Master of Research
School of Medicine
Impairment in cognitive functioning is a core component of opioid dependence due to its importance in the course of addiction and its role in treatment, but the effect of opioid use on cognition in individuals undergoing early stages of treatment is under examined, particularly in the Australian population. Although existing pharmacological options have demonstrated some efficacy in treating opioid dependence, they are limited in their ability to treat the cognitive dysfunction present in opioid dependent individuals. Hence, there is a need for novel treatment options that address these limitations. The commensal gut microbiota can engage in bidirectional communication with the brain and thus influence brain function, including cognition. Dysbiosis of the microbiota has been reported in several areas of addiction and concomitant cognitive impairment, and may serve as a target for potential future novel treatments. The effect of opioid use on the gut microbiota is inconclusive, however. The present thesis aimed to: a) investigate cognition in individuals with a history of chronic opioid use during the early stages of rehabilitation treatment in an Australian setting; b) examine the effect of opioid use on the gut microbiota, and; c) outline the functional potential of the gut microbiota in opioid use and how it may relate to key signalling pathways of the microbiota-gut-brain axis. In Chapter 2, Australian participants at early stages of community-based rehabilitative treatment (including treatment with methadone or buprenorphinenaloxone, BNX) underwent neurocognitive testing. Results demonstrated impaired cognitive functioning compared to the general population, but no significant differences between performance in BNX compared to methadone-treated participants. BNX treatment was associated with a longer length of stay, which could indicate greater treatment adherence. The potential influence of treatment and non-treatment related parameters were also examined. Treatment related factors (e.g., time since last dose, life-time length of treatment) had a significant relationship with cognitive performance in BNX-treated participants, but not methadone treated participants. Neurocognitive performance was also significantly influenced by non-treatment related demographics factors, such as age and BMI. Together, these findings demonstrate cognitive impairment in people undergoing residential rehabilitation for opioid addiction and highlight treatment and demographics parameters that could potentially influence cognitive outcomes and should be considered in future studies.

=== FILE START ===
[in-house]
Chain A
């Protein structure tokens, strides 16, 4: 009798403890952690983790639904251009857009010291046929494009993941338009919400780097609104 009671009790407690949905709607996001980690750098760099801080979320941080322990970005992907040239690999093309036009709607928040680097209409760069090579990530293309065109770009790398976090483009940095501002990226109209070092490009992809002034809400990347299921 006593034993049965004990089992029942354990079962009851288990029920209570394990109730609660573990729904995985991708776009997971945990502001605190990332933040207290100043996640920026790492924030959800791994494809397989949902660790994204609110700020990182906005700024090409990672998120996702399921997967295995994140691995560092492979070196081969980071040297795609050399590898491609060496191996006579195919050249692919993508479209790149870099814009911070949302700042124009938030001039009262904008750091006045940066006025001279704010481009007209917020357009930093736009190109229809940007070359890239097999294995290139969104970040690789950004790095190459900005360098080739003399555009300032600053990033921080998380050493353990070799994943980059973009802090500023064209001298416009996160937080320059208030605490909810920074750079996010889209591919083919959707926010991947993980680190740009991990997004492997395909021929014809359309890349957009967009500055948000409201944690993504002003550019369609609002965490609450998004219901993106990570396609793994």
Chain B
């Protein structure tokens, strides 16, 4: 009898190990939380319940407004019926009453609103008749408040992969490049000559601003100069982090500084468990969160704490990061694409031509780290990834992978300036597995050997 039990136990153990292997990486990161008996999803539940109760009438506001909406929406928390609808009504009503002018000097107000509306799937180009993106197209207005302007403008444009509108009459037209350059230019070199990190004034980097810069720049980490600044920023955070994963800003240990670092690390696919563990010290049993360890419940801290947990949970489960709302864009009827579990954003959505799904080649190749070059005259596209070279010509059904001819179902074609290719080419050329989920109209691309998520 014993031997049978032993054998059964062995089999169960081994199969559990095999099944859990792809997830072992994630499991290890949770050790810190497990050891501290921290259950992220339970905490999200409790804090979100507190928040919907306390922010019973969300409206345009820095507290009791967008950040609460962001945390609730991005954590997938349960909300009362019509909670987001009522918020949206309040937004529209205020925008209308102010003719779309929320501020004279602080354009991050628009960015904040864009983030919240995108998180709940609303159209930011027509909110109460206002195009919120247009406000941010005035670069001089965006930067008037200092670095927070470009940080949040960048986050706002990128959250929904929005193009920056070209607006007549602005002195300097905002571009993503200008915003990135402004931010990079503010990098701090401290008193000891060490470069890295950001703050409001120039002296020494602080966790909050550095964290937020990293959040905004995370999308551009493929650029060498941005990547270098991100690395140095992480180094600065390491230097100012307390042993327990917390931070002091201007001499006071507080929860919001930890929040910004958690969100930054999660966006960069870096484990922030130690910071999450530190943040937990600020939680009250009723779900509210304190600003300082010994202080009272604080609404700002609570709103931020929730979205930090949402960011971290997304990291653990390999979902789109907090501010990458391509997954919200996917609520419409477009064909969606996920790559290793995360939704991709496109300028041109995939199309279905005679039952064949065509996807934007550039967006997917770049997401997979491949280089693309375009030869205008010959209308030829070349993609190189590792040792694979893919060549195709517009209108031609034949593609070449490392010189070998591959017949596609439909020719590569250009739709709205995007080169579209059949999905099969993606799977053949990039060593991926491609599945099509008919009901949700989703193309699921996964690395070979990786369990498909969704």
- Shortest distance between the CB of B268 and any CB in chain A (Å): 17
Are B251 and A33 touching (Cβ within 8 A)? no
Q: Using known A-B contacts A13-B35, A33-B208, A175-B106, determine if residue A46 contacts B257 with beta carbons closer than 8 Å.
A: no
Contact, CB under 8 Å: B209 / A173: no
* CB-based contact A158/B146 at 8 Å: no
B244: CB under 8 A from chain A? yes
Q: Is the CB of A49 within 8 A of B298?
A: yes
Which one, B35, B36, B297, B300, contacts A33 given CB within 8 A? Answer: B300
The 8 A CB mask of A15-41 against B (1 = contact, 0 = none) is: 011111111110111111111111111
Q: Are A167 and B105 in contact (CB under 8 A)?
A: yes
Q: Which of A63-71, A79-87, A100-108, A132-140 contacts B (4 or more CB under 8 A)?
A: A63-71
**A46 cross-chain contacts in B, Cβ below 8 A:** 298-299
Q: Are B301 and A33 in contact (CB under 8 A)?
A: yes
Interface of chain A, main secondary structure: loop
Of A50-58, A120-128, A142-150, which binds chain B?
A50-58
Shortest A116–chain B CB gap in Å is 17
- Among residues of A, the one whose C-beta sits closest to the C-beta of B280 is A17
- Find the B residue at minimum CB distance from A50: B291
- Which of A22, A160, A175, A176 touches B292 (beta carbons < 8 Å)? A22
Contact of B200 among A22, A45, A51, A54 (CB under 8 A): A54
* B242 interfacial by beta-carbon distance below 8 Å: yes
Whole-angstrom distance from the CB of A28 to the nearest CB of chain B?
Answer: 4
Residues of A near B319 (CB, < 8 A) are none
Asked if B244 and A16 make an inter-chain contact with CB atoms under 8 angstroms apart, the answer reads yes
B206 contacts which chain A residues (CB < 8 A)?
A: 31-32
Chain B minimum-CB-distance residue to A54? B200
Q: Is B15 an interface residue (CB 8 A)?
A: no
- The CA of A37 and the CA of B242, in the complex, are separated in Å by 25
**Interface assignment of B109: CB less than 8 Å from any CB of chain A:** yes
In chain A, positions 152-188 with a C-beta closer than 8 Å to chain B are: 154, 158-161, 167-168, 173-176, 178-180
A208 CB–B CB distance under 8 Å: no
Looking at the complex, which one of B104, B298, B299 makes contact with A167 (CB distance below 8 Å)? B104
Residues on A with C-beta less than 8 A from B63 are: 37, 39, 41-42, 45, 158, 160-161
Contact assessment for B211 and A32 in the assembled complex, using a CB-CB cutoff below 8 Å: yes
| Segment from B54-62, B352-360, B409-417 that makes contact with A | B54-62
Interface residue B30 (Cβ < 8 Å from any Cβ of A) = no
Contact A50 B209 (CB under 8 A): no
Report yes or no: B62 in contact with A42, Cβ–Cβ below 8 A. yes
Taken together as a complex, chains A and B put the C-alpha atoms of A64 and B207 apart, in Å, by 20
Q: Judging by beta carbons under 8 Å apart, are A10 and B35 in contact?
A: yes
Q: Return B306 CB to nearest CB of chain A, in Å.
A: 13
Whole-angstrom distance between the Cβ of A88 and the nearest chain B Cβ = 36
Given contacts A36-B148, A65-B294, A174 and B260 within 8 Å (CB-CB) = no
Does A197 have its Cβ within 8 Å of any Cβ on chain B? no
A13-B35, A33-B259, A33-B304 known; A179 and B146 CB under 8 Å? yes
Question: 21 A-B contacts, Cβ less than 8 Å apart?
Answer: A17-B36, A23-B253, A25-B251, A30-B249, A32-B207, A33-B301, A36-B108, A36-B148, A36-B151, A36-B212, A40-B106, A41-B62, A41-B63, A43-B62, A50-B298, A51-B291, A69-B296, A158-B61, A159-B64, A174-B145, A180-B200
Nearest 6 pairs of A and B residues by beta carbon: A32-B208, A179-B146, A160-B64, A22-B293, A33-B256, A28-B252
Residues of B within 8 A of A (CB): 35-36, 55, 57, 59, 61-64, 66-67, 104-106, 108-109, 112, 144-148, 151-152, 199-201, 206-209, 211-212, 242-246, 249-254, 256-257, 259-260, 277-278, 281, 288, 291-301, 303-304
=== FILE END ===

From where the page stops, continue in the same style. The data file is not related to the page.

In Chapter 3, a systematic literature review was conducted to investigate the effect of opioids on the gut microbiota. Results demonstrated that opioid use resulted in dysbiosis of the gut microbiota, and identified specific microbes that were repeatedly dysbiotic across clinical and preclinical studies for the first time. Opioid use also resulted in alterations to key signalling pathways of the microbiota-gut-brain axis, suggesting the potential for opioid induced dysbiosis of the gut microbiota to influence cognition. These results may have significant implications for future research aiming to better understand the pathology of opioid dependence, and may inform the development of future novel treatments that improve the lives of people with opioid dependence.
Nair, Mayank, Investigating cognition in chronic opioid use: Potential role for the gut microbiota, Master of Research thesis, School of Medicine, University of Wollongong, 2021. https://ro.uow.edu.au/theses1/1460
Unless otherwise indicated, the views expressed in this thesis are those of the author and do not necessarily represent the views of the University of Wollongong.